What will be the biggest design trend in 2020? (Ba ha ha…) 

Dom: I knew you would both enjoy this. Crystal ball, please…

Frances: Well, my answer is probably going to sound a little idealistic, but I think a big trend of 2020 is going to be in finishing materials like paper. I think we are going to see a shift back to using really beautiful quality paper in projects. I know that it has shifted to the economy grades over many years but to really differentiate in 2020 I think designers are going to embrace craft again. As I say, it might seem idealistic but I really think that might happen.

Hesh: I am hoping that there will be a bigger movement away from the antiseptic sans-serif wordmark trend of the last 5+ years, and that we will see more idiosyncratic typefaces being used in branding. We have sort of seen it with companies like Chobani or Mailchimp. They are using 70’s-inspired faces. Typefaces that have curves and details like Souvenir or Cooper Light, the face Mailchimp is using. It feels like we are over the non-personality sans-serif. It would be nice to see life and humanity come back to logos. I am also really interested, personally, in kinetic identities. Like the work that was done by Studio Dumbar on Demo Fest or some of the projects by DIA.tv. I am hoping to see more projects like these.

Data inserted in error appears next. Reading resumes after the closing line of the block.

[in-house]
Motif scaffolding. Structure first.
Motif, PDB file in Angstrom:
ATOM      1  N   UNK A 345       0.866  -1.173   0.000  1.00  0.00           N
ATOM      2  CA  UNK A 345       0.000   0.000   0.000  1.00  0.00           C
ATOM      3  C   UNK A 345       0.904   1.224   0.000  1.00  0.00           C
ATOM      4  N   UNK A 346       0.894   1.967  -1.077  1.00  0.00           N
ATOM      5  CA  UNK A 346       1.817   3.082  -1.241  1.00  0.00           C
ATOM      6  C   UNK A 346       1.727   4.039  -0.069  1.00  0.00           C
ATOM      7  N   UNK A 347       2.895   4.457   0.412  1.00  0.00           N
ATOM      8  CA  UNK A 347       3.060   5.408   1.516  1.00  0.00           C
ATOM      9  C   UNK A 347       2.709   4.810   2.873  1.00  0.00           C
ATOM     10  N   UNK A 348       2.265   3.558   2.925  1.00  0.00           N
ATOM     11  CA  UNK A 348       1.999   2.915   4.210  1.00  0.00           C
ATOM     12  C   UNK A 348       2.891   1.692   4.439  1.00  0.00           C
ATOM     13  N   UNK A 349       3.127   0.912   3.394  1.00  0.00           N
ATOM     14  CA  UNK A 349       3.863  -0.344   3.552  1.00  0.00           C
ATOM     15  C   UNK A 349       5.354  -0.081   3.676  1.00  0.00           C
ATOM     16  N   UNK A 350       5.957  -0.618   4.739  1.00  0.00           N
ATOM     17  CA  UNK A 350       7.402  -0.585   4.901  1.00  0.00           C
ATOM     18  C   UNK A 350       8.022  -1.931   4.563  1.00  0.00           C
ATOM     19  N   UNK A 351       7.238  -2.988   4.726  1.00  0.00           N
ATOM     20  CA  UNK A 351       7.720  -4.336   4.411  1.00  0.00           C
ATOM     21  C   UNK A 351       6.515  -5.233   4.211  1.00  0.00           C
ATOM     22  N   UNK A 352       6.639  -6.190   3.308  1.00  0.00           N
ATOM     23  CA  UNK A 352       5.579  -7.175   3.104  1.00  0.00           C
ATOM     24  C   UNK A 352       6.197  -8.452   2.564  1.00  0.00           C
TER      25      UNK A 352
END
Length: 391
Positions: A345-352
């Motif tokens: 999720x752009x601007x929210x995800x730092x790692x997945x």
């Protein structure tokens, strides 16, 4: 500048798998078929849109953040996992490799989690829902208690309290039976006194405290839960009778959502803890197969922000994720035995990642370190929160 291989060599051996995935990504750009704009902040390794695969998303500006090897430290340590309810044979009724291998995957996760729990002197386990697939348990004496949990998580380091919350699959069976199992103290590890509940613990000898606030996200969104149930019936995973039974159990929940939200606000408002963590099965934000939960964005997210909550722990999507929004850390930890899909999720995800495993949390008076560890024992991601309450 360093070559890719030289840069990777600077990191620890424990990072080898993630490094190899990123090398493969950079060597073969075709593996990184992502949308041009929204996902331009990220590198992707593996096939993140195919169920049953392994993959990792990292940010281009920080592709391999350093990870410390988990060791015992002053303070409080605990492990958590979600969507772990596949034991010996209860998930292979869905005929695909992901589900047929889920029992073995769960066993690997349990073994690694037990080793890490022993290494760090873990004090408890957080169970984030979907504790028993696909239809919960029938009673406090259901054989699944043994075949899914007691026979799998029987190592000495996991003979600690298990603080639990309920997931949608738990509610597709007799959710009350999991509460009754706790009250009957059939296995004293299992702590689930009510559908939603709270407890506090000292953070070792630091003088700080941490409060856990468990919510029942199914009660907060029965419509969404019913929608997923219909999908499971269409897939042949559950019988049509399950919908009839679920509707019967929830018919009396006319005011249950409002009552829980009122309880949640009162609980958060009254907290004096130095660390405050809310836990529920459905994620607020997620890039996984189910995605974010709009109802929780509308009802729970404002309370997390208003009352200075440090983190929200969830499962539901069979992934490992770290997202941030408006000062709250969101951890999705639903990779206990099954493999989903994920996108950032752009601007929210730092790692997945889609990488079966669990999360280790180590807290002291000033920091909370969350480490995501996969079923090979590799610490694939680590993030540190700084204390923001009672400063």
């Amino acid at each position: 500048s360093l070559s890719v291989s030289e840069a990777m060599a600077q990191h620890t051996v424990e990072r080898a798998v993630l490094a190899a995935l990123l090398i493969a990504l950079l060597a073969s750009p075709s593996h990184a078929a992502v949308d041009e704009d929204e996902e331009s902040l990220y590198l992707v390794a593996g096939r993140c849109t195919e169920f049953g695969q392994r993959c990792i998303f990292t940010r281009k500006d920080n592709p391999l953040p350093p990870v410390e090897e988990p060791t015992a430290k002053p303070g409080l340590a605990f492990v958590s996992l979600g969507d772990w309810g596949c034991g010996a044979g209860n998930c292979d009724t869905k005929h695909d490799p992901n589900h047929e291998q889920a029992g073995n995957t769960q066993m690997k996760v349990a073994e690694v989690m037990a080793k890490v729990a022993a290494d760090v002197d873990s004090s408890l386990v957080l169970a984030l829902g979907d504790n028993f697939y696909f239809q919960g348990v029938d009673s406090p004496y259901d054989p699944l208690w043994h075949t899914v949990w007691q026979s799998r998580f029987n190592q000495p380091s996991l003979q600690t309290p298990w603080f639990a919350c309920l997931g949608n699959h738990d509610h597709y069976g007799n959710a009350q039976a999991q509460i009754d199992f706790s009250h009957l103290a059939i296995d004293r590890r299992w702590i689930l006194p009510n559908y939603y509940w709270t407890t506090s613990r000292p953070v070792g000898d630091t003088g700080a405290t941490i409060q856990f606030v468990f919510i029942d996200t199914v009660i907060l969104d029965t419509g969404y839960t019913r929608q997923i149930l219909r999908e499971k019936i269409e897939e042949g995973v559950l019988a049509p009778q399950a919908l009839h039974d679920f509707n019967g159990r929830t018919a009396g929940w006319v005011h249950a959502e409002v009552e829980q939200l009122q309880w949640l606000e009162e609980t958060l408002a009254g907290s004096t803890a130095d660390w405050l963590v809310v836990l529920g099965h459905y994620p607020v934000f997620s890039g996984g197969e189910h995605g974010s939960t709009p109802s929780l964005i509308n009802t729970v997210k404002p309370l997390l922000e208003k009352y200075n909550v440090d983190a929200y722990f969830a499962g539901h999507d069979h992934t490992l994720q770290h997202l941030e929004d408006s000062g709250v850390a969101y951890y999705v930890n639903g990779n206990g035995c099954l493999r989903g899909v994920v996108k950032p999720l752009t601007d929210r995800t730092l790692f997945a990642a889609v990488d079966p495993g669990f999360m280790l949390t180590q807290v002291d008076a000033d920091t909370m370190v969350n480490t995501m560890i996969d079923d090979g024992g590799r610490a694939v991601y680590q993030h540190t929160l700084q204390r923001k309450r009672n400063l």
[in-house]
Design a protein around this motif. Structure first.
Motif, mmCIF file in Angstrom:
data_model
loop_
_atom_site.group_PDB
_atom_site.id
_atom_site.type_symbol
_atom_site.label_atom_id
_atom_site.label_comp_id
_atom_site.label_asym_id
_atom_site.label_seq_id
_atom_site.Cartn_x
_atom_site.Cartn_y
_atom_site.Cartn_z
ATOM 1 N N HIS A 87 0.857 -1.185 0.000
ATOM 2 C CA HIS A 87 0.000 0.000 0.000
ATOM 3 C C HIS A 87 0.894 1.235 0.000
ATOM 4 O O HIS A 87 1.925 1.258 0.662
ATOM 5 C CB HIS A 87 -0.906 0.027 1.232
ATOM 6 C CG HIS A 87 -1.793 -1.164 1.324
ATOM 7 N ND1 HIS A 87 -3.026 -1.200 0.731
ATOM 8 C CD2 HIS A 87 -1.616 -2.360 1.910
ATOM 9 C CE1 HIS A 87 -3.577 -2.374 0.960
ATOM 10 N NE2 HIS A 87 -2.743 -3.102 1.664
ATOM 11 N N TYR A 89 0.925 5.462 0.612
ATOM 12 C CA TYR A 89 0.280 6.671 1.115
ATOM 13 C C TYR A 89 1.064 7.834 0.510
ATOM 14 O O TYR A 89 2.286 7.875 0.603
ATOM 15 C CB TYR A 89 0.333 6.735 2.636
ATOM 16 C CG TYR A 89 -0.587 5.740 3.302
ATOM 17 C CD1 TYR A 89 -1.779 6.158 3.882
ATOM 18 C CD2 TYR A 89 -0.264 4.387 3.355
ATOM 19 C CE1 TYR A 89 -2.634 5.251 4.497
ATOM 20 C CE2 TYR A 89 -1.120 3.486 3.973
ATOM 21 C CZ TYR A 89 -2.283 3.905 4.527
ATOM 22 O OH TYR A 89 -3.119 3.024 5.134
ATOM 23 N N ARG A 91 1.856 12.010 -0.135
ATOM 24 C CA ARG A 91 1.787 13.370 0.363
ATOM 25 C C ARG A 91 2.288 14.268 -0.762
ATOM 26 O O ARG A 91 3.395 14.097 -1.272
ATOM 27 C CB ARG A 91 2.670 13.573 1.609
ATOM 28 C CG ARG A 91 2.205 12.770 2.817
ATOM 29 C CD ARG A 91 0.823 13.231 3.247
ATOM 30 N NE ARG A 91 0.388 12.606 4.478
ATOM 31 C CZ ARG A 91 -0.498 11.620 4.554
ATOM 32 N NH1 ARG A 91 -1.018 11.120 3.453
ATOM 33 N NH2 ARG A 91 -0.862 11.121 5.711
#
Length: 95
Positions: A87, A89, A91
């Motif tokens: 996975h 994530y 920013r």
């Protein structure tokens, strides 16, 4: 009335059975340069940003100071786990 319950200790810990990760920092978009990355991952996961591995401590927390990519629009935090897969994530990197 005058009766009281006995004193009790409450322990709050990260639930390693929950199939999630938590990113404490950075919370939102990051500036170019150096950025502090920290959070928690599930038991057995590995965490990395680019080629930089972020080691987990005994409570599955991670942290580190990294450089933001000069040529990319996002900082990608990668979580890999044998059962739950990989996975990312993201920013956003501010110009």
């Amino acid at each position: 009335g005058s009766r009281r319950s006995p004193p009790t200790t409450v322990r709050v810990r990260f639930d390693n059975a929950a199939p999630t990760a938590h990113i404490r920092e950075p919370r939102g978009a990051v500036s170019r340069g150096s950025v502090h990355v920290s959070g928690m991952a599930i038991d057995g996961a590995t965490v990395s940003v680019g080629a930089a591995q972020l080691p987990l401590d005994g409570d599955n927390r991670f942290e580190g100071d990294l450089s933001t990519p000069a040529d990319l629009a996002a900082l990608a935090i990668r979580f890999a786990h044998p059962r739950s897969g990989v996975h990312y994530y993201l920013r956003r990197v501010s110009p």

Dom: Sort of along the same lines as Hesh, I am hoping to see a real embracing of technology within typography and pushing of what can be done with the idea of opulence. You have really seen lately 3D styles and this movement toward things like chrome coming back into design. Take Jessica Walsh’s identity as a great example of that. Texture is back. I think this is a fun backlash to the flat pop colours and styles of identities like Dropbox and Spotify. I am also a big fan of the sneaking back in of post-modernism to design. Some would say it never left. I like the nonchalant mixing of styles sometimes appearing on the same page. Taylor made me laugh. He called it “design nihilism.” The rejecting of any prior beliefs and formalistic rules. Designers running amok make me happy.